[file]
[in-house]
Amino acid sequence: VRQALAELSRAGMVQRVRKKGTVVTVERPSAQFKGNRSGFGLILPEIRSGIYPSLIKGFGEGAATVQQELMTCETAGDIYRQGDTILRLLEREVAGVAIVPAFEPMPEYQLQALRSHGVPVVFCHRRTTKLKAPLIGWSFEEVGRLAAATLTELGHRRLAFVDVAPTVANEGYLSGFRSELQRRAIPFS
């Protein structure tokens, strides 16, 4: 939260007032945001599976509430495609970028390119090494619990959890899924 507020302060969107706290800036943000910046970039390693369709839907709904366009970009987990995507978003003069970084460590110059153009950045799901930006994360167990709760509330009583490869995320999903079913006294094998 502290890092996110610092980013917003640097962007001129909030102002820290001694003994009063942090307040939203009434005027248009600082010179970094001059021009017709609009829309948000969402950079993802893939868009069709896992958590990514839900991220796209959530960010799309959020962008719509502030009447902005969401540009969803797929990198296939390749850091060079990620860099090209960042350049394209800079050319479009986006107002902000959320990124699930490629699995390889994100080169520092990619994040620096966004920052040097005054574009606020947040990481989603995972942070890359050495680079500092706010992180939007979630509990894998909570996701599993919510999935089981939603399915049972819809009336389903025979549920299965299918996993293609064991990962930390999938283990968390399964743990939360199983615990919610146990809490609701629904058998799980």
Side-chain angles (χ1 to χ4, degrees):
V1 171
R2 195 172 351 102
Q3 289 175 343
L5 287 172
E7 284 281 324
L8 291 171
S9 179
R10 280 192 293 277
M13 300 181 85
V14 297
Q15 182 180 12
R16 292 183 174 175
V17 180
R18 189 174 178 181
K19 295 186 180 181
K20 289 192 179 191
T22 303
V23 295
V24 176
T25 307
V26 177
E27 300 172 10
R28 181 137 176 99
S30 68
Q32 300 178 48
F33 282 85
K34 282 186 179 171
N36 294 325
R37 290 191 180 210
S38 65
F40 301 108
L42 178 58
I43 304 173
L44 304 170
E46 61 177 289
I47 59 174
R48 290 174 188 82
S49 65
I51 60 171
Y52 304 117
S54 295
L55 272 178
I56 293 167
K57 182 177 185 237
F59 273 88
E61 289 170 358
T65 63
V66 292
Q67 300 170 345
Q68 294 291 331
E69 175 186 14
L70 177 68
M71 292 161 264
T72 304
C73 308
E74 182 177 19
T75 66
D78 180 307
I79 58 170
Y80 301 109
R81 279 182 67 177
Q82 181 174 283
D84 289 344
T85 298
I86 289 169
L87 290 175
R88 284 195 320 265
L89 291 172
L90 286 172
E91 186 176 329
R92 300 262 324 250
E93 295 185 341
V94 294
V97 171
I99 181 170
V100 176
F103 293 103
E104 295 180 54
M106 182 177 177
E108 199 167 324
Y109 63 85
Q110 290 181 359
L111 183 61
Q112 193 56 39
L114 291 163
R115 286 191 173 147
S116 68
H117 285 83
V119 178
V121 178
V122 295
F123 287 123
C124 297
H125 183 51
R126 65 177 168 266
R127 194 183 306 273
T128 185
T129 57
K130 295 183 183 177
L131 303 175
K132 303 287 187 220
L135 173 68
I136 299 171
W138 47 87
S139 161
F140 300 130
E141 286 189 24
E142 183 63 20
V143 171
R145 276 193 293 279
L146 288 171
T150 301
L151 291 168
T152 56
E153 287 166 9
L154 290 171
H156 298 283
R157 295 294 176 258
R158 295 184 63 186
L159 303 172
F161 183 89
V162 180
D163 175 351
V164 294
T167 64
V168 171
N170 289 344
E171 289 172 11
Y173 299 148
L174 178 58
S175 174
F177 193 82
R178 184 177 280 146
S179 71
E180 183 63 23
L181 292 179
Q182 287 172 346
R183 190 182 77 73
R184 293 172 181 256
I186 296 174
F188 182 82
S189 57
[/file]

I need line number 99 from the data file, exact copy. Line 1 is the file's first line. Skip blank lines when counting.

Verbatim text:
R126 65 177 168 266